Top UN official in Nepal deplores violence against protesters
Children were reportedly involved in the violence, and police used tear gas, rubber bullets and even live ammunition. Meanwhile, protesters threw stones at police, injuring them, and vandalized property.
“I have appealed to the Home Minister to take all possible measures to avoid excessive use of force, and to leaders of the United Democratic Madhesi Front to call on protesters to remain peaceful and to avoid the involvement of children in demonstrations,” Ian Martin, who also heads the UN Mission in Nepal (UNMIN), said in a statement issued in the capital, Kathmandu.
He added that UNMIN has repeatedly appealed for the grievances of Madhesi and other marginalized groups to be dealt with peacefully through dialogue by the Government and the Seven-Party Alliance.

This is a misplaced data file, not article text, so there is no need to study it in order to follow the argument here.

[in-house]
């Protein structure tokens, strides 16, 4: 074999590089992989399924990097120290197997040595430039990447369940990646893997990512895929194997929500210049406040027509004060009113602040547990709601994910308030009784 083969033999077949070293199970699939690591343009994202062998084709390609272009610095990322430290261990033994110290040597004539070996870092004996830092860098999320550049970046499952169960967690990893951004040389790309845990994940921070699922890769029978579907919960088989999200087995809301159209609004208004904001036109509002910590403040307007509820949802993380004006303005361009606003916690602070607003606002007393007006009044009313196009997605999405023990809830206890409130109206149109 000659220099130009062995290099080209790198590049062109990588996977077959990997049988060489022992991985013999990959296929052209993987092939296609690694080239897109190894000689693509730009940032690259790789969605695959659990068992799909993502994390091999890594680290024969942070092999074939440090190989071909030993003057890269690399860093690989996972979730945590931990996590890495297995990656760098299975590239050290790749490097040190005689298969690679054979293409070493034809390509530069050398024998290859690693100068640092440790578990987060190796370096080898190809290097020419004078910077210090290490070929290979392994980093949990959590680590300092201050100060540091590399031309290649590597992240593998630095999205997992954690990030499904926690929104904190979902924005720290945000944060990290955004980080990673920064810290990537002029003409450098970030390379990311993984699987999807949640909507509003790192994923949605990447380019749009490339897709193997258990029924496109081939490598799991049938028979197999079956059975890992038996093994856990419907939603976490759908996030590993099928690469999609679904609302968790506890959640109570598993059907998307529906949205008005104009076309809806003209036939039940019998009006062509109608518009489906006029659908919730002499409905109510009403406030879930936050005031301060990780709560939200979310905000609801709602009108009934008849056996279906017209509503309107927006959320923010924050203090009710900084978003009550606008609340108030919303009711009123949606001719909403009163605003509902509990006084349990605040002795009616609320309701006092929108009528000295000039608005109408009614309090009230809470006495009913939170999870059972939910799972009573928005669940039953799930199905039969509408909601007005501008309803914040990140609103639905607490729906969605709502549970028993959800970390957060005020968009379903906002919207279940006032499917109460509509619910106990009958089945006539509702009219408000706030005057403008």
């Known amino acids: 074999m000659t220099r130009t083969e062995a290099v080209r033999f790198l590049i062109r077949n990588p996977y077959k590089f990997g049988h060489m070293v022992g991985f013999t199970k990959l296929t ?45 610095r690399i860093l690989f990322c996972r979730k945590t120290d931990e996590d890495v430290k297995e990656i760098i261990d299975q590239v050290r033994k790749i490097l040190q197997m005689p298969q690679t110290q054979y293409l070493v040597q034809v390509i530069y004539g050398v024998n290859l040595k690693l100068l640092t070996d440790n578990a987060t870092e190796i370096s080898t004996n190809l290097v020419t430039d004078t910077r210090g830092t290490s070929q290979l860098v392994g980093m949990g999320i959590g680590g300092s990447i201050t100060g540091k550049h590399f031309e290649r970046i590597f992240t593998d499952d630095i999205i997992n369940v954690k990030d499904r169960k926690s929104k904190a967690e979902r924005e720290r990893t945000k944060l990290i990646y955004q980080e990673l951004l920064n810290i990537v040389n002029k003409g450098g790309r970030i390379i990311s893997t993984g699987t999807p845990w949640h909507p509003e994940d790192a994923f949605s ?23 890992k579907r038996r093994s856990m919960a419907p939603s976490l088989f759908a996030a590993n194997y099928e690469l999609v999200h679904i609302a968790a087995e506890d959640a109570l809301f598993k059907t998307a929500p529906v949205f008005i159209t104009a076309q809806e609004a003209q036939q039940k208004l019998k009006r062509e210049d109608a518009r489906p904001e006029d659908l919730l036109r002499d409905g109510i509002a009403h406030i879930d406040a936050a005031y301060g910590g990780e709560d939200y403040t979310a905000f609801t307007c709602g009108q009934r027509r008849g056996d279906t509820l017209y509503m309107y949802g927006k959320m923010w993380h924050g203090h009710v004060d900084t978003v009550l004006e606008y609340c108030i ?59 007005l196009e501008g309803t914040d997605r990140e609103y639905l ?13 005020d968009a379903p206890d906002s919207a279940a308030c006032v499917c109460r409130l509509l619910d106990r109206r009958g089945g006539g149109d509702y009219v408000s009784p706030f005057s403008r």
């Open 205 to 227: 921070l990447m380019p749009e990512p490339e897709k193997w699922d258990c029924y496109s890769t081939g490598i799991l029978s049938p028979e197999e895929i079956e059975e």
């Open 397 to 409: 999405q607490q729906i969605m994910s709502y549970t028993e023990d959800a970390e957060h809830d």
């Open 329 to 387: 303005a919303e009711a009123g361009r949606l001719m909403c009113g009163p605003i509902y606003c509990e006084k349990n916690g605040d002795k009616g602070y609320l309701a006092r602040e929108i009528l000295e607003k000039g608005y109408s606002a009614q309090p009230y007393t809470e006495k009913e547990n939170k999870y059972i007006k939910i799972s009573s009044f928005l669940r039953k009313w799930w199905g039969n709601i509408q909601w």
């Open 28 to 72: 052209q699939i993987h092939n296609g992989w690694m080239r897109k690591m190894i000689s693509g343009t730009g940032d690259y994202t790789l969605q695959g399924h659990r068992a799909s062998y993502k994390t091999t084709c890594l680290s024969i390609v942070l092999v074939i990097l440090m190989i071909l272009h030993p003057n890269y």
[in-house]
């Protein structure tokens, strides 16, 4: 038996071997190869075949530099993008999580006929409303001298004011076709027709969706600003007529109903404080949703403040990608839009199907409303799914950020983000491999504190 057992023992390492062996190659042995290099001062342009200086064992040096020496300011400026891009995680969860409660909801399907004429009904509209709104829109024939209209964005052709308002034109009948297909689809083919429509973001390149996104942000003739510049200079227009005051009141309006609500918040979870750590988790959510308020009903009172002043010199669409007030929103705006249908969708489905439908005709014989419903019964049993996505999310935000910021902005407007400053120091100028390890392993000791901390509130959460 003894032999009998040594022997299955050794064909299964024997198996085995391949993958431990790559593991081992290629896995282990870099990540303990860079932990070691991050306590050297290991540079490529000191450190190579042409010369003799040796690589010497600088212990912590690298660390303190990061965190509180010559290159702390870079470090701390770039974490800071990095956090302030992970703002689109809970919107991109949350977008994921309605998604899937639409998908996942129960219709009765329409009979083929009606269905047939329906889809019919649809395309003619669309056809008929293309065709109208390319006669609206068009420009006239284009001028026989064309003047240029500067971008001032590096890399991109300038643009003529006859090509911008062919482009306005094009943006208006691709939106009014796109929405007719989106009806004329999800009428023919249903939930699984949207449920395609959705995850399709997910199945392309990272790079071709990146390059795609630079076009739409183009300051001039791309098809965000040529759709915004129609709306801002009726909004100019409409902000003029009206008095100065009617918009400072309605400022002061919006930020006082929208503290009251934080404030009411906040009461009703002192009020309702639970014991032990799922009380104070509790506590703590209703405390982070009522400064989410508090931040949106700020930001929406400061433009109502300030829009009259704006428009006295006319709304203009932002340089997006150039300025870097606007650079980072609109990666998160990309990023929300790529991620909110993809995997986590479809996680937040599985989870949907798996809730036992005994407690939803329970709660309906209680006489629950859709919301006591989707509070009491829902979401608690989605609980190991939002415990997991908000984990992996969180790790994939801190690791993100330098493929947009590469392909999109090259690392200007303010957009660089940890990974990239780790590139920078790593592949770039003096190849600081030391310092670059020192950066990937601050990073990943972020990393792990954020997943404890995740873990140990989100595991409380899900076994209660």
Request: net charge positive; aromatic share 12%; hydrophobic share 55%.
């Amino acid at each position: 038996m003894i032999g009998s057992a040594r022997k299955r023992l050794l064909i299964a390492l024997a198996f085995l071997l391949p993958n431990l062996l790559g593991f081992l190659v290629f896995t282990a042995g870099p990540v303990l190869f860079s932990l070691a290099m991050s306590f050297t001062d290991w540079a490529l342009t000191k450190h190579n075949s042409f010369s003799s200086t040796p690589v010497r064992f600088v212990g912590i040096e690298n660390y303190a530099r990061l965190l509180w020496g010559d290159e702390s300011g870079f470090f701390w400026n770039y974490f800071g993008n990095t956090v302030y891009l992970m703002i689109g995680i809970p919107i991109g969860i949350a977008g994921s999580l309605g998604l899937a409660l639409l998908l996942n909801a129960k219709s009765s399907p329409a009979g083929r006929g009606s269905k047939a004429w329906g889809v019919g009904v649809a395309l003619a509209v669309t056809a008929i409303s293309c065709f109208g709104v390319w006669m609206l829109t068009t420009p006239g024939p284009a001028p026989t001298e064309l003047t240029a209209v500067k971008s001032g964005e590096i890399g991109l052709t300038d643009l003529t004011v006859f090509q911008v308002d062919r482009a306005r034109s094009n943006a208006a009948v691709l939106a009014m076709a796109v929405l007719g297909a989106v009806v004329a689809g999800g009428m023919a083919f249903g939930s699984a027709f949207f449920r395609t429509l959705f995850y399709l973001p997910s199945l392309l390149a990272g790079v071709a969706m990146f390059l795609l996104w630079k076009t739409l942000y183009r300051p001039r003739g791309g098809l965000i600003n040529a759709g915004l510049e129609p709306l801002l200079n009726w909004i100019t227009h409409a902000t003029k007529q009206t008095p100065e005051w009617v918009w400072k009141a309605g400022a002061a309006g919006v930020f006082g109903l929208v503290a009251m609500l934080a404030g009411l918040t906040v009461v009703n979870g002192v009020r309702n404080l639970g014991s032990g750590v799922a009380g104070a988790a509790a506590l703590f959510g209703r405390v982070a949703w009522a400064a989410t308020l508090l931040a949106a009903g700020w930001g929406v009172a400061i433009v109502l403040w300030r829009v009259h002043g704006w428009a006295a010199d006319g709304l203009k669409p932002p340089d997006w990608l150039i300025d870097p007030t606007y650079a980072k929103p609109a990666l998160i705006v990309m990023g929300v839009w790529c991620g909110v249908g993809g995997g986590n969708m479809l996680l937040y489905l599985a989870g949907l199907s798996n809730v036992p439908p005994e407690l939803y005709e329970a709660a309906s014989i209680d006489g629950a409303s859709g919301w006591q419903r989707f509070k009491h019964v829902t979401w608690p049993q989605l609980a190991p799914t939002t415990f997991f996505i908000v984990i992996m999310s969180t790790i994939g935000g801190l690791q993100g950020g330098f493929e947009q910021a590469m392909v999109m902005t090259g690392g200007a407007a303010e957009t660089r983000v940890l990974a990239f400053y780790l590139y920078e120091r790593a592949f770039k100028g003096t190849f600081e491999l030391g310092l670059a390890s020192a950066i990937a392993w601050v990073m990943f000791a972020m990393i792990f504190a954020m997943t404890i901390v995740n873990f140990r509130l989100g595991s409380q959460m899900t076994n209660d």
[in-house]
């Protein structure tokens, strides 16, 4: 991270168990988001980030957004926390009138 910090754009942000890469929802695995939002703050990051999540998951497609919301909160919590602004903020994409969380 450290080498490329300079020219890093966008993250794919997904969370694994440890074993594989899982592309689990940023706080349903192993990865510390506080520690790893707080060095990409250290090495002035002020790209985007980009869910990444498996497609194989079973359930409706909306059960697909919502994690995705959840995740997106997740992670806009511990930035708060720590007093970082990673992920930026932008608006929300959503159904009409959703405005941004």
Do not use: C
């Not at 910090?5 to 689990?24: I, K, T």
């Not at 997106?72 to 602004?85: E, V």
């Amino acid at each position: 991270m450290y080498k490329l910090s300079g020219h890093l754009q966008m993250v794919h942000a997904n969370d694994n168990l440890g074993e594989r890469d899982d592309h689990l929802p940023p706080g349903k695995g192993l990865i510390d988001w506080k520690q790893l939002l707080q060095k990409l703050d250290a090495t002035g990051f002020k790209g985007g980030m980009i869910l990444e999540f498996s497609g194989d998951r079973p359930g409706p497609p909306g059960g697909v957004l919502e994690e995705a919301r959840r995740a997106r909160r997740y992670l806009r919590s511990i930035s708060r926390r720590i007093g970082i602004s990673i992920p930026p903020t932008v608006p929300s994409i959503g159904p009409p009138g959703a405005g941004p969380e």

“I hope that all concerned will draw back from the brink of escalating violence and pursue the common interest of an inclusive Constituent Assembly election in a conducive climate,” Mr. Martin said.
Those polls – which were postponed twice last year – are now set to be held on 10 April.
Once elected, the Constituent Assembly is supposed to draft a new constitution for Nepal, where an estimated 13,000 people were killed during the decade-long civil conflict that formally ended when the Government and Maoists signed a peace accord in 2006.